GM spuds beat blight
In a three-year GM research trial, scientists boosted resistance of potatoes to late blight, their most important disease, without deploying fungicides.
The findings, funded by the Biotechnology and Biological Sciences Research Council and The Gatsby Foundation, will be published in ‘Philosophical Transactions of the Royal Society B’ on 17 February.
In 2012, the third year of the trial, the potatoes experienced ideal conditions for late blight. The scientists did not inoculate any plants but waited for races circulating in the UK to blow in.
Non-transgenic Desiree plants were 100% infected by early August while all GM plants remained fully resistant to the end of the experiment. There was also a difference in yield, with tubers from each block of 16 plants weighing 6-13 kg while the non-GM tubers weighed 1.6-5 kg per block.
The trial was conducted with Desiree potatoes to address the challenge of building resistance to blight in potato varieties with popular consumer and processing characteristics.
The introduced gene, from a South American wild relative of potato, triggers the plant’s natural defence mechanisms by enabling it to recognise the pathogen. Cultivated potatoes possess around 750 resistance genes but in most varieties, late blight is able to elude them.
“Breeding from wild relatives is laborious and slow and by the time a gene is successfully introduced into a cultivated variety, the late blight pathogen may already have evolved the ability to overcome it,” said Professor Jonathan Jones from The Sainsbury Laboratory.
“With new insights into both the pathogen and its potato host, we can use GM technology to tip the evolutionary balance in favour of potatoes and against late blight.”
In northern Europe, farmers typically spray a potato crop 10-15 times, or up to 25 times in a bad year. Scientists hope to replace chemical control with genetic control, though farmers might be advised to spray even resistant varieties at the end of a season, depending on conditions.
The Sainsbury Laboratory is continuing to identify multiple blight resistance genes that will difficult for blight to simultaneously overcome. Their research will allow resistance genes to be prioritized that will be more difficult for the pathogen to evade.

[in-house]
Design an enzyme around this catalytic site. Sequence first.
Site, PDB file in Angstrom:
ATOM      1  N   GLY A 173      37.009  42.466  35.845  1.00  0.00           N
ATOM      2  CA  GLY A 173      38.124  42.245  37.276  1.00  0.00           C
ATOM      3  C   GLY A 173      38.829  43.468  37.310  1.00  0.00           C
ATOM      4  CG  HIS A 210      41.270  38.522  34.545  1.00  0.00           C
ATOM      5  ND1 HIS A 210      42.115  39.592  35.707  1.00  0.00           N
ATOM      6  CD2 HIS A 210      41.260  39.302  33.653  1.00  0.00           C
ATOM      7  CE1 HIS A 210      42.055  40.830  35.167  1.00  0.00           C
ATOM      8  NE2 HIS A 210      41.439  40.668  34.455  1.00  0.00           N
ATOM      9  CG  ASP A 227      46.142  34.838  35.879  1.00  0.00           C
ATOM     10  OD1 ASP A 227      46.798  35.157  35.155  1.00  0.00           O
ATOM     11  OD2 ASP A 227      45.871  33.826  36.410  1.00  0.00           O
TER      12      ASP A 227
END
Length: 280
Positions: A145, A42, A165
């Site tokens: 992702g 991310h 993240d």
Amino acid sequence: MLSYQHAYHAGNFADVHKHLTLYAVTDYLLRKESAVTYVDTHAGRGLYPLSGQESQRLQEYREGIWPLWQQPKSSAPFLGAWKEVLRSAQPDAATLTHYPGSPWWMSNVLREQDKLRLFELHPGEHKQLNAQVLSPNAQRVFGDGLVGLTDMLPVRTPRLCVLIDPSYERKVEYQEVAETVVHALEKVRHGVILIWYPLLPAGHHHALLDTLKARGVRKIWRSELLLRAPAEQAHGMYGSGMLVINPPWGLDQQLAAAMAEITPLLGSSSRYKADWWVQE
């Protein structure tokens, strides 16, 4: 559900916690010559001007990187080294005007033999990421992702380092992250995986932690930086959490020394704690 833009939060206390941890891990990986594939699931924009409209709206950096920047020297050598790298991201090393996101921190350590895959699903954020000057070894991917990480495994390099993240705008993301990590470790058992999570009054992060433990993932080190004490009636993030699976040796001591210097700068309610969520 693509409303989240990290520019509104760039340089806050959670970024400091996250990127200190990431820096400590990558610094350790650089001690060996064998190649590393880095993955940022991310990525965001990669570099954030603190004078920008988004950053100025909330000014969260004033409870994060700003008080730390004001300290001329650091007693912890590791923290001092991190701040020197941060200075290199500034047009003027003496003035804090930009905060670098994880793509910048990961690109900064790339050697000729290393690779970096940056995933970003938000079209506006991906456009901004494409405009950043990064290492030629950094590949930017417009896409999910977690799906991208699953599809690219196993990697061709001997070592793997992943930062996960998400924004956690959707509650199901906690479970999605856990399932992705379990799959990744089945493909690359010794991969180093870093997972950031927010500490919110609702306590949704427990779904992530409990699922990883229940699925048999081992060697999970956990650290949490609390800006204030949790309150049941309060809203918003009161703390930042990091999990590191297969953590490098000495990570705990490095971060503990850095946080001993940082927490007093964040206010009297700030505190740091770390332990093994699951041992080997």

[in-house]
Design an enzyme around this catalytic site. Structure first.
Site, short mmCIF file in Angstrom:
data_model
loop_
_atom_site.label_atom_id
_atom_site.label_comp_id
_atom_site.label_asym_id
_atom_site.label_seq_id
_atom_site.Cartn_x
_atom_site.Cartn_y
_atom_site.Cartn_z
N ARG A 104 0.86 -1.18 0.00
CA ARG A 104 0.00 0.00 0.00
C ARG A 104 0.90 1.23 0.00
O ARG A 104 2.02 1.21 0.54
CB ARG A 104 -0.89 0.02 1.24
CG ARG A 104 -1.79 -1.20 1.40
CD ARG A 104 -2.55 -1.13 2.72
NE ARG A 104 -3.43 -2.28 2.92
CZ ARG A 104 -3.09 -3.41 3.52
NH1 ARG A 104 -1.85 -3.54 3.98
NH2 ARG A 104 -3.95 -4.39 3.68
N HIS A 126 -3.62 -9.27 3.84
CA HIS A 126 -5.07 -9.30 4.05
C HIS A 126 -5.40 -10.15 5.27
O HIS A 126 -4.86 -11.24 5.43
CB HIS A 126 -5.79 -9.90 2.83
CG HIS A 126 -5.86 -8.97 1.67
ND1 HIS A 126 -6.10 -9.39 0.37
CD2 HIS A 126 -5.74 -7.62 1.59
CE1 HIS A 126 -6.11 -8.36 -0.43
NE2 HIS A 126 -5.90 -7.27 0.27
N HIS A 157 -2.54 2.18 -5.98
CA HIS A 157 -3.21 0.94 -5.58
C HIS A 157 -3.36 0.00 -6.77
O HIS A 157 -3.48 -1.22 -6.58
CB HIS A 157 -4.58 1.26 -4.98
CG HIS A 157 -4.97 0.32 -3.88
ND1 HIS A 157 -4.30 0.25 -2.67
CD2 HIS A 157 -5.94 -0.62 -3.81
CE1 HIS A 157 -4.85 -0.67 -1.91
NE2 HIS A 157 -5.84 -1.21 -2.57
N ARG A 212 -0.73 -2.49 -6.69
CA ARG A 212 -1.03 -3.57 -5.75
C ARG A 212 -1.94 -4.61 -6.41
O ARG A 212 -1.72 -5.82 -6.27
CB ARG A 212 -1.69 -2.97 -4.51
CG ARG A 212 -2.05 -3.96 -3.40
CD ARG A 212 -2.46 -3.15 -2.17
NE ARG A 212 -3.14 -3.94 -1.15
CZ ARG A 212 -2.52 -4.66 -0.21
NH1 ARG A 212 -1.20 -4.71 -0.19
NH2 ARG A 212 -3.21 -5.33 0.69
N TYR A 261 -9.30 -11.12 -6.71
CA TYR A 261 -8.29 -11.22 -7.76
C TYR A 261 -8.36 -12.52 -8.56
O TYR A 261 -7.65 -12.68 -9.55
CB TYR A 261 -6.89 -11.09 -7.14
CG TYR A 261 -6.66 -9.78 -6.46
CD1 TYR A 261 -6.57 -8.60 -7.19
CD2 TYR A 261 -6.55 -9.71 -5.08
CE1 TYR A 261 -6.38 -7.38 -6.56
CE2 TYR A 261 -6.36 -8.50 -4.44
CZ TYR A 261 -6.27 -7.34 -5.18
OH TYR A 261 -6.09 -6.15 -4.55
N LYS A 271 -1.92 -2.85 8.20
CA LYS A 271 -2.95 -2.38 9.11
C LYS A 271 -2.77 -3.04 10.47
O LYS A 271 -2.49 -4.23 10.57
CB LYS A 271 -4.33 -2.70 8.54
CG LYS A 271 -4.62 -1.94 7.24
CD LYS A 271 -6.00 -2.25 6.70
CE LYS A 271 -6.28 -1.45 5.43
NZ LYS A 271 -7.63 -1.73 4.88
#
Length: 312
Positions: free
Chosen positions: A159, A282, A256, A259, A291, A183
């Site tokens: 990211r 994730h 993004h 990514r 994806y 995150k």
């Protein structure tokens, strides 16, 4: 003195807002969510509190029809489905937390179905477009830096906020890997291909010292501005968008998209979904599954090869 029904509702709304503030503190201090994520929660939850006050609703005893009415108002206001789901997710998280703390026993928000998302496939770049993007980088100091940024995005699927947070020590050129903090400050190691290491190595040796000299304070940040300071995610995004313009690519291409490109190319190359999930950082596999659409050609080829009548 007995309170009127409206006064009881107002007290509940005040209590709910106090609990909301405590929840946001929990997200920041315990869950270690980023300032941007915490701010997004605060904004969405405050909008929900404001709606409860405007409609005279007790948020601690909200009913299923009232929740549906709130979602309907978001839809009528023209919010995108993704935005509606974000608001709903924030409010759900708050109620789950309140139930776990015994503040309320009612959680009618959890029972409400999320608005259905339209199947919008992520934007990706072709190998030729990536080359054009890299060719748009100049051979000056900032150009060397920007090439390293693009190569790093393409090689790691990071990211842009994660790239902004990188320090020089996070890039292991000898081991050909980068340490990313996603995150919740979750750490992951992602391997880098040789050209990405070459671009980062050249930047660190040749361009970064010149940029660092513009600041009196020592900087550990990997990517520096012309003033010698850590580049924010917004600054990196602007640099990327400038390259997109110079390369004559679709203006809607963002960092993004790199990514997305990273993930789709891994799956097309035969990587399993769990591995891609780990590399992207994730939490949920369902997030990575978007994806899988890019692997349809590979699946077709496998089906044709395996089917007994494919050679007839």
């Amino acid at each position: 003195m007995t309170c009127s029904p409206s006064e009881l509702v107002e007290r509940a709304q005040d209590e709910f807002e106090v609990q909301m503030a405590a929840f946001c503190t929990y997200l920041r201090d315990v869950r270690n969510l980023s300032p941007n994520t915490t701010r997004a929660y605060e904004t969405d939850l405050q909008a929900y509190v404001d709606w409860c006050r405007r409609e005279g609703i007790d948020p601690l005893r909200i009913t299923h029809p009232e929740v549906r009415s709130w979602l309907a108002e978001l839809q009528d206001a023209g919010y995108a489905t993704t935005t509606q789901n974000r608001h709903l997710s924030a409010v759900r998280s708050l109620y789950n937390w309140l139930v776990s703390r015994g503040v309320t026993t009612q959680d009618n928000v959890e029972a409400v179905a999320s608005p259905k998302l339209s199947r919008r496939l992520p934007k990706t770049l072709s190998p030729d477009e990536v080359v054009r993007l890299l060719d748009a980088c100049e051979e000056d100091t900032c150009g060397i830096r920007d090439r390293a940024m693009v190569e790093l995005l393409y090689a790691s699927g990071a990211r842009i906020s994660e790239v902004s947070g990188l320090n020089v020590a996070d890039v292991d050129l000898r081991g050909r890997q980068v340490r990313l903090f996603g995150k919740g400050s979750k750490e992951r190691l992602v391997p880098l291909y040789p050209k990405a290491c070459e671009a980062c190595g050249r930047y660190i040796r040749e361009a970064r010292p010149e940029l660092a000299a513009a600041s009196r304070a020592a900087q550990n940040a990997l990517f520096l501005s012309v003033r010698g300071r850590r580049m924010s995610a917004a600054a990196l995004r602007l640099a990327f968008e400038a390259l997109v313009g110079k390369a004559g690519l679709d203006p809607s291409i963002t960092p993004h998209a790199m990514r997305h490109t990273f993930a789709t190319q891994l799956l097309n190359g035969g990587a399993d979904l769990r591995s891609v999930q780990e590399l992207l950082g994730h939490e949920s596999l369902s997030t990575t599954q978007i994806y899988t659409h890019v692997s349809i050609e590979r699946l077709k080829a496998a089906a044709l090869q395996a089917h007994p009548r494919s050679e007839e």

In a new BBSRC-funded industrial partnership award with American company Simplot and the James Hutton Institute, the TSL researchers will continue to identify and experiment with multiple resistance genes. By combining understanding of resistance genes with knowledge of the pathogen, they hope to develop Desiree and Maris Piper varieties that can completely thwart attacks from late blight.
Notes to editors
The full reference: Elevating crop disease resistance with cloned genes. Phil. Trans. R. Soc. B 368: 20130087. http://dx.doi.org/10.1098/rstb.2013.0087
It is part of a special issue of the journal on the subject of: ‘Achieving food and environmental security: new approaches to close the gap’.
Funding: Findings in the current paper were largely funded through the £750,648 BBSRC grant BB/G02197X/1, ‘A pipeline of resistance genes to Phytophthora infestans from wild Solanum species and their accelerated isolation using Illumina sequencing methods’. They include insights into the pathogen, resistance in Solanum species and the 3-year field trial.
Security for the field trial was funded via a £46,039 supplement from the BBSRC.
The subsequent grant BB/H019820/1 ‘An enduring pipeline to identify and utilize durable late blight disease resistance in potato’ was awarded at £712,792 jointly between The Sainsbury Laboratory, the University of Dundee and Scottish Crop Research Institute. This project, which contributed to some findings in the current paper, is ongoing until April 2015.
The industrial partnership award is for £1.2million to the James Hutton Institute and The Sainsbury Laboratory (around £450,000 is awarded to TSL).
More on late blight
The total economic cost to farmers (losses and control measures) is currently up to £500 per hectare, or up to half the total cost of potato production in a bad year. UK farmers spend an average of £60 million a year controlling blight. It causes worldwide losses of about £3.5 billion.
As well being an economic cost, recurrent chemical sprays cause soil compaction from tractor journeys and CO2 emissions from diesel fuel.
Why improve Desiree and Maris Piper when a conventionally-bred variety is already available?
In the UK we produce and consume about 6 million tonnes of potatoes each year. The most popular are Maris Piper with around 15% of the market and Desiree with approximately 2%.
Production is from the traditional earlies, for example crops grown in the South West, through to the more widespread maincrop potatoes produced e.g. from Lincolnshire and up into Scotland. A range of different varieties are needed for this extended window of cropping from the first earlies planted in February to the later maincrops being harvested up until October for production and for the broad geographic spread on different soil types.
Overlaying these production needs with the consumer’s requirements for fresh market potatoes or ones that need to be processed for crisps or french fries – all of which have different cooking characteristics – means that no one variety meets our national needs. In fact around 200 different varieties are grown in GB to meet the needs of our market place.